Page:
On Friday afternoon, I went into the main branch of the Tacoma Public Library to check out some digital media equipment (film camera, tripod, extra cables, mic, etc.) for a no-budget film collaboration. I hadn’t been planning on doing this. I had written the script, worked on graphics, found a last minute location, and was now figuring out the AV equipment we would need to do our shoot. I was anticipating my collaborators on the project would take care of some of this, but as the day wore on, I was feeling more and more like I was back in seventh grade and stuck in a bad group project. [By the end of the day, I decided to move forward on the project solo.]
The intake process took two hours: 15 minutes, interrupted by the staff person’s scheduled break, then another 30 minutes. For part of this time, my ex, a media technician at a university, was present because he was going to help carry equipment. He couldn’t stay the full time as he was just trying to help on his lunch break. So, it would be me alone, juggling our daughter, the stack of books she and I wanted to check out, and the equipment. While my ex was present, the staff member asked me some questions about my background, and announced, “Oh, so it sounds like I don’t need to tell you basics like the rule of thirds…” I agreed he did not.
The staff member then asked if I had experience teaching: I do. I taught ESL in Japan, was a Teaching Assistant for the University of Washington’s Study Abroad Film program in Athens, Greece, and more. He was excited, because they have a summer film program for kids where they guide kids in translating Newberry Award Winners into minute-long films. Would I be interested in teaching? Of course, I would be interested in being considered for any paid positions they may have.
“Great! The number of MAs [Masters of Arts] that come through here can be counted on one hand. I’ll contact you next time we need a volunteer.”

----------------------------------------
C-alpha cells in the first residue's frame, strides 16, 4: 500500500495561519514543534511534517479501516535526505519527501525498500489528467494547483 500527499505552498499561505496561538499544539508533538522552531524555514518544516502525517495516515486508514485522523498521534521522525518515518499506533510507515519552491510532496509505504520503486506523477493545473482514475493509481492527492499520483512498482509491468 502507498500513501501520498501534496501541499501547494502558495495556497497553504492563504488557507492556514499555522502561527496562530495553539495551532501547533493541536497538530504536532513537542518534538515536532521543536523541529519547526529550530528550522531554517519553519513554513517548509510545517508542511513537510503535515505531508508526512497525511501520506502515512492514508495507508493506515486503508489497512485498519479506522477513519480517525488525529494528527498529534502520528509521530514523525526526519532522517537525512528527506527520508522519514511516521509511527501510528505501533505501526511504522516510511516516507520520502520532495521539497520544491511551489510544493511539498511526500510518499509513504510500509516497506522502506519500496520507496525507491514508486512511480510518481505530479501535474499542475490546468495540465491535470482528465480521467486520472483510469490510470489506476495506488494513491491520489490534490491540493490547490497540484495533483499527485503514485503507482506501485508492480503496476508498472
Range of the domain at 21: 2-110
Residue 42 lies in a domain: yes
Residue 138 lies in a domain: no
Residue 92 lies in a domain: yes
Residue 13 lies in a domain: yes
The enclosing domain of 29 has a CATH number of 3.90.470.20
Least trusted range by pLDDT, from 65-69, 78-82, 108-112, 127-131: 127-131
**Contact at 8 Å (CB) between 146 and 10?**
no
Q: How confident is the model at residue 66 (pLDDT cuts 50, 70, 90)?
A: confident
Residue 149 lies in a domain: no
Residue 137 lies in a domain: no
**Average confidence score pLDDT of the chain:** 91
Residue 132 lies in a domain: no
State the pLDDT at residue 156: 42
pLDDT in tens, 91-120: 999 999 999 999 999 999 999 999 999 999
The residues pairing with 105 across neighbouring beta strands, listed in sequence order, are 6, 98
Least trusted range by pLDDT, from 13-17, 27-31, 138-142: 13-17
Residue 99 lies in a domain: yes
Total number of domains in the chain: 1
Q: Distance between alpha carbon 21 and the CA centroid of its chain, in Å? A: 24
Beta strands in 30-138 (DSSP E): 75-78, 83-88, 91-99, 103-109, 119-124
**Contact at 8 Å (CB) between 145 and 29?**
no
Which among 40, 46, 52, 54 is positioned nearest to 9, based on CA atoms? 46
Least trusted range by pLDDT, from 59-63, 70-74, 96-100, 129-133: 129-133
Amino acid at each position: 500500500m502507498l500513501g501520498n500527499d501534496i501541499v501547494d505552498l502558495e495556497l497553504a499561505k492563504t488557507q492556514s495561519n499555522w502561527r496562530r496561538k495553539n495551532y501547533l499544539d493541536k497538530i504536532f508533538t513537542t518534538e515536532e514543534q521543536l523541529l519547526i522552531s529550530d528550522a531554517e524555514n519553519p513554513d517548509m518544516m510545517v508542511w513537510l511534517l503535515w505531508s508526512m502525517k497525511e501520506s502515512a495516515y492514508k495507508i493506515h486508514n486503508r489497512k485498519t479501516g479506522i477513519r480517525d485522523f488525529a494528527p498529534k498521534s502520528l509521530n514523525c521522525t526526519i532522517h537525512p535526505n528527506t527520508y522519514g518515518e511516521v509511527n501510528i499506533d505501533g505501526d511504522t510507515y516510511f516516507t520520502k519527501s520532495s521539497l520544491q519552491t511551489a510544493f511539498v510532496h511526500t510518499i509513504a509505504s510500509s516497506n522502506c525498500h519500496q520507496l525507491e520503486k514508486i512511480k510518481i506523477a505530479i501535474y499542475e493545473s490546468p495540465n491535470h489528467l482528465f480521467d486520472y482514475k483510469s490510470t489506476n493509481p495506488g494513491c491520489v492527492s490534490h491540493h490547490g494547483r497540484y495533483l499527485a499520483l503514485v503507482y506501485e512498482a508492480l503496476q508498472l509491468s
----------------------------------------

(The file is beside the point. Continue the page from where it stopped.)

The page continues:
My ex heard it, too.
He heard me state I was interested in paid work. And the staff member said he would contact me later to ask me to work for free.
He did not make the same request of the Media Technician.
The male staff member saw a woman with a high degree of education and experience in multiple fields, who was already engaged in unpaid childcare at home, and thought: “Let me add to that.”
He’s not alone.
I have done my time working for “exposure.” I have put in more hours than I can count volunteering for social justice causes. For unfunded arts organizations.
I have been saying no to requests for my unpaid labor since leaving my last job: which in large part was because I was tired of being underpaid and overworked, and seeing my checks go in large part to paying for childcare.
In my early twenties, before I had a child, I had a strict diet of a can of corn, a can of beans, and a cup of rice stretched over several meals: repetitively, sometimes with burrito shells and cheese, because that was how I stretched my paycheck from the local community colleges I worked for.
It was always with the idea that if I worked my ass off then, someday it would pay off.
If I did unpaid or underpaid labor then, someday, I would not be struggling.
It was bullshit then. And it’s bullshit now.
I have passion projects that I will work on for free. I have collaborated on projects in order to build my skills in areas, or just because it’s fun. I am creative, and I like making things. Like oversized turtle and cardboard robot costumes. Or parties that celebrate women artists. Or logos for a friend trying to help refugees in his home country.
But when I have skills that others recognize are valuable, I want those skills to be treated as valuable.
I have invested years in learning how to manage a classroom, lead projects, write, edit, explain basic and advanced grammatical concepts, structure stories for a wide variety of audiences, do layout, design, and get projects ready for print.
I have skipped concerts and time with family because I was interviewing protesters in Russia, reading books on political science and law in the corners of libraries (and bars, which are sometimes quieter given undergrads can’t go there), writing essays and presentations, dragging the pen tool, cleaning work paths, and squinting at pixels.
I have spent years on phones and computers tracking resources for others struggling to make ends meet.
I have done the work.
I have proven my commitment to others and the community.